Just What Kerry Needs: Ted the Swimmer at His Side
Kennedy to Hit Campaign Trail for Kerry
By LOLITA C. BALDOR, Associated Press Writer
WASHINGTON - Sen. Edward M. Kennedy, often credited with giving a boost to John Kerry's presidential campaign, is launching a seven-week election drive for his Massachusetts colleague that will pair fund raising and travel with a barrage of speeches condemning President Bush's policies.
Kennedy, D-Mass., will make two campaign stops in Pennsylvania on Friday, in addition to appearances around the country nearly every weekend as a surrogate for Kerry. While the Senate remains in session, Kennedy plans almost daily rebukes of Bush's policies, ranging from the war in Iraq to health care and education.
Kennedy waged a similar war of words against Bush four years ago for Democrat Al Gore. But this time, his work for Kerry will be more active and involve much more travel, Kennedy's aides said.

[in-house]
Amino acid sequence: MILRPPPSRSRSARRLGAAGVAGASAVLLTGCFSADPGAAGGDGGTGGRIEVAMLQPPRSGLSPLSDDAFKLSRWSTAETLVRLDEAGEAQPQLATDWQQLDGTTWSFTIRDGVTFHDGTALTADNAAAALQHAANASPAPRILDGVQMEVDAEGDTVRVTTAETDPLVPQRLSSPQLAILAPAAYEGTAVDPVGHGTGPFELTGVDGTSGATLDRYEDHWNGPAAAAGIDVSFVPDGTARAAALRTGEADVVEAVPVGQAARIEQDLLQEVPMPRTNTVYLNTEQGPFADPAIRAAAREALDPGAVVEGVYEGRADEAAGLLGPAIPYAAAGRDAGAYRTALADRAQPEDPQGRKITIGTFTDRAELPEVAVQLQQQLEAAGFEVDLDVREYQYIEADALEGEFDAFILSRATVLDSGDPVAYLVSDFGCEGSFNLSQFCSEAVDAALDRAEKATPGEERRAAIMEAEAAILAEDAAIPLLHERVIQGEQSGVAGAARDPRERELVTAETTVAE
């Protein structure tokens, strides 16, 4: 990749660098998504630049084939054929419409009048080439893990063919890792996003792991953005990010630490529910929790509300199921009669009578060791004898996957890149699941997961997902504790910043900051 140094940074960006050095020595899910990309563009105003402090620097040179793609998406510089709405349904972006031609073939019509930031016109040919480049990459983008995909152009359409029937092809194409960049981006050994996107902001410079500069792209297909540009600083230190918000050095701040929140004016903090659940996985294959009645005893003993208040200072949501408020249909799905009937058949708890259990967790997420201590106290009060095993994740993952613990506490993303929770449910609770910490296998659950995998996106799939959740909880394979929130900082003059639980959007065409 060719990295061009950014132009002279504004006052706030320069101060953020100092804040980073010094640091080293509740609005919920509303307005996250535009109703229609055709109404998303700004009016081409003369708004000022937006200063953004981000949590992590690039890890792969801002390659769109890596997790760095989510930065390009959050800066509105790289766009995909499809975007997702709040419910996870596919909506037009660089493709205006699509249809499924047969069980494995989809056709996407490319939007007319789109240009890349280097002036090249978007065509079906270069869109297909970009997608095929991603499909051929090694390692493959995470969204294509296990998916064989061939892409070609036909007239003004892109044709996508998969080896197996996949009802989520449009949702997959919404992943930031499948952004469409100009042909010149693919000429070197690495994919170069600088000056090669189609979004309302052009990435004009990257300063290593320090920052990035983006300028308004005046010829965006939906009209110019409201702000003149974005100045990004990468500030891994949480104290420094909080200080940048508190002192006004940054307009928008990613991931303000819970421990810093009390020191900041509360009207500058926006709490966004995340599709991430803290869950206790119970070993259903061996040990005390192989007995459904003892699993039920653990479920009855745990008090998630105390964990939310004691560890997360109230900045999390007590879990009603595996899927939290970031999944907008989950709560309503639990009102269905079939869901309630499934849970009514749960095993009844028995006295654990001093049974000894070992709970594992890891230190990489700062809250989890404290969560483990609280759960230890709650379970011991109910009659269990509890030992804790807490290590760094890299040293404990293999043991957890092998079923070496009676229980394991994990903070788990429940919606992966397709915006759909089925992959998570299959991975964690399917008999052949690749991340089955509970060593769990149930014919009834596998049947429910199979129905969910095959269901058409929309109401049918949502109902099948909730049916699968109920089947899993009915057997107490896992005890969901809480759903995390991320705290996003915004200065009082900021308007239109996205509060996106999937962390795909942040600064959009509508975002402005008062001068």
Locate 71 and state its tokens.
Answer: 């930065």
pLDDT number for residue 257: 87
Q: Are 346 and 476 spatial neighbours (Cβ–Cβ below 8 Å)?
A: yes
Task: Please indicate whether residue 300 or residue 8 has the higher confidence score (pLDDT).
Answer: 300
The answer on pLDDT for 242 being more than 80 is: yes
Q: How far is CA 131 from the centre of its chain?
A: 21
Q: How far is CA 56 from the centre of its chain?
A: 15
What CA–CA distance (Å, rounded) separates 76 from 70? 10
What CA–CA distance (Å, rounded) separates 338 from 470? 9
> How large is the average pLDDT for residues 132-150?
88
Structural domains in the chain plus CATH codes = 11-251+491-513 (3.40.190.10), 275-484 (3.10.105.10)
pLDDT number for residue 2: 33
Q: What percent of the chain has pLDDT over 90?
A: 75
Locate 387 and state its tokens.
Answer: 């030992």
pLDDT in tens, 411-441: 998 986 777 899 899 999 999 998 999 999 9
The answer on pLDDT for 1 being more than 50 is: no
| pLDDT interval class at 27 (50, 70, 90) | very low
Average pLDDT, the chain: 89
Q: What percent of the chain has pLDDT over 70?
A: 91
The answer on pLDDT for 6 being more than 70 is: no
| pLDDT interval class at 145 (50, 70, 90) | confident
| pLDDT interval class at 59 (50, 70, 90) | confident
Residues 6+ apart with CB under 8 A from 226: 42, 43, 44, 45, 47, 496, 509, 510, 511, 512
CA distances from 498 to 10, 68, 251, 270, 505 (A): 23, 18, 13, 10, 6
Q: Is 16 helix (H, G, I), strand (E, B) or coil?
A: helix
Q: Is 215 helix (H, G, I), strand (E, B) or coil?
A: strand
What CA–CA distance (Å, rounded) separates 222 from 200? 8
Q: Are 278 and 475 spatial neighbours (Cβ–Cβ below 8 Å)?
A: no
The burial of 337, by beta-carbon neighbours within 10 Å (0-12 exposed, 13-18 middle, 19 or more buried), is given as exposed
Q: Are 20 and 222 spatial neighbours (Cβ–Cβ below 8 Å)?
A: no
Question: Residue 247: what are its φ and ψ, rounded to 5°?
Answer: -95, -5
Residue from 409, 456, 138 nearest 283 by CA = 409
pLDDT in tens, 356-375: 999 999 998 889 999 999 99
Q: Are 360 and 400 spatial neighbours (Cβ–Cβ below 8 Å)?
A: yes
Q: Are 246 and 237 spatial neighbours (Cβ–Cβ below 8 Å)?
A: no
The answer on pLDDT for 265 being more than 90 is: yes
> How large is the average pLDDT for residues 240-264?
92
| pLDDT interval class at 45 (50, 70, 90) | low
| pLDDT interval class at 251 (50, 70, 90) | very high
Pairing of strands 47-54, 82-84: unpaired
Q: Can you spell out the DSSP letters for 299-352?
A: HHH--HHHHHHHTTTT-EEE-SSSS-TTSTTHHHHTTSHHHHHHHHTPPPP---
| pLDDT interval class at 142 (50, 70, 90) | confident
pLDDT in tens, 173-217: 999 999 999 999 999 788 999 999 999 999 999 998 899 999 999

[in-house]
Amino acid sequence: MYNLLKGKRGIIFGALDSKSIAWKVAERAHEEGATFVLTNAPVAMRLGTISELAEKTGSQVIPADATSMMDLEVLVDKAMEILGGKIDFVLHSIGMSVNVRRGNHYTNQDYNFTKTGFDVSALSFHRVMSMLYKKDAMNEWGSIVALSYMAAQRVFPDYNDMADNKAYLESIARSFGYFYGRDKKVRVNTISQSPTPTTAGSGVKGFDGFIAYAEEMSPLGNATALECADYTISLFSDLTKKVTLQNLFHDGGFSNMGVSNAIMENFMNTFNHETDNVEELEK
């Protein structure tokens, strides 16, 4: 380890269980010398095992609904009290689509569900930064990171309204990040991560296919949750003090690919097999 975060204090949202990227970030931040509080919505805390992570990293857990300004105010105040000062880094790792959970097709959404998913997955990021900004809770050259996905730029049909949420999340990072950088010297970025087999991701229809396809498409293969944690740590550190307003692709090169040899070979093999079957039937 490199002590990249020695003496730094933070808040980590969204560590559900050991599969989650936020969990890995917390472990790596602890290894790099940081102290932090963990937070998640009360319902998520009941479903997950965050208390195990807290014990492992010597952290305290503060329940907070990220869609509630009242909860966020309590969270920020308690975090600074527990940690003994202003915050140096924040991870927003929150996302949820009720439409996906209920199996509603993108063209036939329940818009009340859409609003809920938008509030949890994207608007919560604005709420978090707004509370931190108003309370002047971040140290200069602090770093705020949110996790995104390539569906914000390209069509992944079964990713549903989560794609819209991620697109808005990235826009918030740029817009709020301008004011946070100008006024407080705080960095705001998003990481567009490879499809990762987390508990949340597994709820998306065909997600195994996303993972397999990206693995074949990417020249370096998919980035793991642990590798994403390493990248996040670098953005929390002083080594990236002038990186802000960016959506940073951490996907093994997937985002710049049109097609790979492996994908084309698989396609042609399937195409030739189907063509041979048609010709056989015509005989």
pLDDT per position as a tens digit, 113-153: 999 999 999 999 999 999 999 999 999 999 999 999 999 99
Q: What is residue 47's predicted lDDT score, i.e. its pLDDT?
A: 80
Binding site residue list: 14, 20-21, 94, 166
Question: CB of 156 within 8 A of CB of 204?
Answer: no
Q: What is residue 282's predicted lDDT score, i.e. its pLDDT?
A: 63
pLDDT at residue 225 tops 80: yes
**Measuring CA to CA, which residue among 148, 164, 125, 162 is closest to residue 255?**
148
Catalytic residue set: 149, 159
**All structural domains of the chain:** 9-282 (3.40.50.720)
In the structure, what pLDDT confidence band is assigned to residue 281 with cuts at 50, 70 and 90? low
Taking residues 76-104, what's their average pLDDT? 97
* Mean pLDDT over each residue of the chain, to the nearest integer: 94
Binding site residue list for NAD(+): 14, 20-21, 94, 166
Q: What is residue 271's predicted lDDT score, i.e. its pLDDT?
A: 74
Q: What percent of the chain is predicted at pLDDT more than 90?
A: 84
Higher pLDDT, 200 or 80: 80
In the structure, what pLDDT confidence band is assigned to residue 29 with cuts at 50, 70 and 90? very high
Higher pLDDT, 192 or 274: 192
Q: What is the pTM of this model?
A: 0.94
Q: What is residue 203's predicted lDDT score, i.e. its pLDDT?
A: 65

[Run, Johnny, Run! As fast as you can from wrong-way Teddy!]
They would not release a list of places where Kennedy is expected to campaign, but said the liberal Democrat [what a blast of refreshing honesty!) will be in battleground states across all regions of the country.
Kennedy said he is intent on defeating Bush and putting Kerry in the White House, and will lay out the administration's "incompetence" in its domestic and foreign policies in his speeches.
He started Tuesday with a condemnation of Bush's efforts at solving the nation's health care crisis.
[Memo to W: See how Teddy responds to the "new tone."]
"George Bush has had a lot to say about health care over the last few days, but nowhere has the Bush presidency been more devastating," said Kennedy, who will speak about health care in Harrisburg and Scranton on Friday.
Republicans, meanwhile, have rejoiced in the opportunity to link Kerry with his home state's liberal lion — one of the politicians conservatives love to hate.
During the primary contests this year, Kennedy allowed Kerry to hire two of his key staffers, including Mary Beth Cahill, who is now Kerry's campaign manager. Kennedy later traveled to Iowa and New Hampshire to help energize crowds and rally the liberal base for Kerry.